This is the context in which Fornero demands that workers make "sacrifices" in return for the simple right to work. This is the context in which Ireland has slashed its minimum wage rates, and in which the Spanish government recently announced that public sector employees would see their pay slashed by an enormous 25%.
This deflationary approach is of course less than straightforward to implement - not least in countries in which workers are organised, and some form of bourgoies democracy exists. In the 1920s Britain faced a similar situation to many of Europe's economies today. Its goods could no longer compete on the world market. And like members of the Eurozone today, it could not devalue its currency, which was fixed to the gold standard.
As such the Tory government opted for a policy of forcing down wages. It didn't work. Amongst other things, the power of organised labour stopped the government and the bosses cutting wages as much as they wished.
In his history of the gold standard, the economist Barry Eichengreen makes a point which is crucial for understanding the political behaviour of Europe's current political elite: namely, that the gold standard could only function effectively while the working class remained utterly excluded from political power:
“The spread of unionism.. the extension of the franchise and the growth of parties dominated by the working classes" meant that governments were no longer completely free to pursue whatever policies they deemed necessary to the maintainence of the gold standard, without regard for the impact of such policies on unemployment and living standards. As the masses burst onto the political scene, "issues that had previously remained outside the political sphere, such as the determination of wage levels and employment suddenly became politicized".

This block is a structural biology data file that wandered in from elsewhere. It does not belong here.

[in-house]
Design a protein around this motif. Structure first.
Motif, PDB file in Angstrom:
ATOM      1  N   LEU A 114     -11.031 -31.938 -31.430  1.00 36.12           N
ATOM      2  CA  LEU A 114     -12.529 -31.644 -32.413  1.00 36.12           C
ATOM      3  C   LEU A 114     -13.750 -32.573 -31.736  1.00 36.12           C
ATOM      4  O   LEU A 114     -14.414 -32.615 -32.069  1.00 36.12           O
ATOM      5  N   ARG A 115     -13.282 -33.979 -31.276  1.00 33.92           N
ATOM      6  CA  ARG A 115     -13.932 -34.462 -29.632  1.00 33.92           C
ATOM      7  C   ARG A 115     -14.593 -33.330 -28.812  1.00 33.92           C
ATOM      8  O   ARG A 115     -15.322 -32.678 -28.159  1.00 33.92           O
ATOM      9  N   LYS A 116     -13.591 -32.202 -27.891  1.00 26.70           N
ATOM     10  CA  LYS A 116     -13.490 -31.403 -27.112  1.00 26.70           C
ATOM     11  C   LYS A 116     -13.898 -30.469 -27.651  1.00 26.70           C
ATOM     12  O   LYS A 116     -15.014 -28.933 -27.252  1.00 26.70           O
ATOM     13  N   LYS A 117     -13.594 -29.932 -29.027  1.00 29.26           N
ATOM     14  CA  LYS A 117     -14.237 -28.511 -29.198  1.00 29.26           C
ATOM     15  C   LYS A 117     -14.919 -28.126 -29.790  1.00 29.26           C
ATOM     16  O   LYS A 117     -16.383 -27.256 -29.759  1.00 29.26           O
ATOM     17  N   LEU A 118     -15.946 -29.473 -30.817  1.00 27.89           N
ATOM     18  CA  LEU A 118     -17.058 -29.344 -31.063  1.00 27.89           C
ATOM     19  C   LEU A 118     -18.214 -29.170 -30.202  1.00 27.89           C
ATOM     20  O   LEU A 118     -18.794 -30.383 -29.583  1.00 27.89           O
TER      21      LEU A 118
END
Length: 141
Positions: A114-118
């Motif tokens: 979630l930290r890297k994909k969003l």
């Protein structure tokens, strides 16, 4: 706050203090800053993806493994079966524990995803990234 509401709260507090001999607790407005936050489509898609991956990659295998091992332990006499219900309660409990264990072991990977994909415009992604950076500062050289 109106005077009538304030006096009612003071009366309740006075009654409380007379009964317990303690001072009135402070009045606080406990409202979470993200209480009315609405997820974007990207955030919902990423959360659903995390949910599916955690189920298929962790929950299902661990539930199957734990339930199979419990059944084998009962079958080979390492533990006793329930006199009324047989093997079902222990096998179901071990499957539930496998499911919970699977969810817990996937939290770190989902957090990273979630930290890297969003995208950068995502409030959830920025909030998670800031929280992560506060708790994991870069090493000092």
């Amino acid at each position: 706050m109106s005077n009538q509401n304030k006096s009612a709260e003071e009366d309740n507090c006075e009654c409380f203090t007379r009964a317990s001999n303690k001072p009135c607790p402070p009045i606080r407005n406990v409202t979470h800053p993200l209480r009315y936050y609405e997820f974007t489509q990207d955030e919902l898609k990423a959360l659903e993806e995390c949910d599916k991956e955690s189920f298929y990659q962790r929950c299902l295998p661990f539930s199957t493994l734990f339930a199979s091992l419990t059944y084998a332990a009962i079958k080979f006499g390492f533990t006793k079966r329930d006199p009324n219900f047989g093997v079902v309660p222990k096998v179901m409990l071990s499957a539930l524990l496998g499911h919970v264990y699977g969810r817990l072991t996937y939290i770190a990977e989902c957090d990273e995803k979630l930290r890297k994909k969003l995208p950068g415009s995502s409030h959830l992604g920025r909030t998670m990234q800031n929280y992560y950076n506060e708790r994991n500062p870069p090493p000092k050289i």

Austerity or democracy
This would appear to be a lesson that today's Eurocrats have learnt well. For in seeking to preserve the Euro, and to do so on the back of falling living standards, they have worked tirelessly to diminish democratic power, and remove the management of economic affairs from any popular political control.
This is a tendency that is truly personified by Mario Monti - the Italian Prime Minister who has never stood for elected office, parachuted in by European elites to pursue the kind of "labour market reforms" that no elected government could carry through.
This embrace of undemocracy is exemplified too by the fiscal austerity pact - deemed necessary for the Euro's survival - by which elected governments will effectively be compelled to cut spending during periods of recession regardless of what they, their parties, or their voters want. It is visible too, in the sheer volume of repression being deployed in Spain and elsewhere to counter those workers and youths who are protesting against the devastation of their living standards.
If the Euro has any future, then, it is an oligarchic future. Whether it survives the present crisis remains to be seen. But what is abundantly clear is that Eurozone, as it is presently organised, offers no future to the continent's working class.
Reuben Bard-Rosenberg is a socialist activist and radical folk music promoter.